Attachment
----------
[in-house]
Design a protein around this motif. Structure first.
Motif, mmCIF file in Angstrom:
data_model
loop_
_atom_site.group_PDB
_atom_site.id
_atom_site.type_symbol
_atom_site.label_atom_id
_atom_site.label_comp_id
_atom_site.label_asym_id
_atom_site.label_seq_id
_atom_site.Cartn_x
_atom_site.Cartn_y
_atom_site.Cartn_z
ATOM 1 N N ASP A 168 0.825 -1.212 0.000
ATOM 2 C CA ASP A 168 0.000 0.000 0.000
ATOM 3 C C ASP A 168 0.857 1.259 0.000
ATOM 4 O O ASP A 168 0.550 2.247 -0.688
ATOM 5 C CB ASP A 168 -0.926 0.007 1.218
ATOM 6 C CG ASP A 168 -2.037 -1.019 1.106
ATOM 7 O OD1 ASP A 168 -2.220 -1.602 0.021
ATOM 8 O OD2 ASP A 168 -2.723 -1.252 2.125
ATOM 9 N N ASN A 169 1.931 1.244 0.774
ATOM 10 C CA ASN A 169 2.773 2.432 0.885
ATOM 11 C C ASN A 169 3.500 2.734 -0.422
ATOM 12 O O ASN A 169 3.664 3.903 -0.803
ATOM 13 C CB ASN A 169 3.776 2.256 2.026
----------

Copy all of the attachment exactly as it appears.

[in-house]
Design a protein around this motif. Structure first.
Motif, mmCIF file in Angstrom:
data_model
loop_
_atom_site.group_PDB
_atom_site.id
_atom_site.type_symbol
_atom_site.label_atom_id
_atom_site.label_comp_id
_atom_site.label_asym_id
_atom_site.label_seq_id
_atom_site.Cartn_x
_atom_site.Cartn_y
_atom_site.Cartn_z
ATOM 1 N N ASP A 168 0.825 -1.212 0.000
ATOM 2 C CA ASP A 168 0.000 0.000 0.000
ATOM 3 C C ASP A 168 0.857 1.259 0.000
ATOM 4 O O ASP A 168 0.550 2.247 -0.688
ATOM 5 C CB ASP A 168 -0.926 0.007 1.218
ATOM 6 C CG ASP A 168 -2.037 -1.019 1.106
ATOM 7 O OD1 ASP A 168 -2.220 -1.602 0.021
ATOM 8 O OD2 ASP A 168 -2.723 -1.252 2.125
ATOM 9 N N ASN A 169 1.931 1.244 0.774
ATOM 10 C CA ASN A 169 2.773 2.432 0.885
ATOM 11 C C ASN A 169 3.500 2.734 -0.422
ATOM 12 O O ASN A 169 3.664 3.903 -0.803
ATOM 13 C CB ASN A 169 3.776 2.256 2.026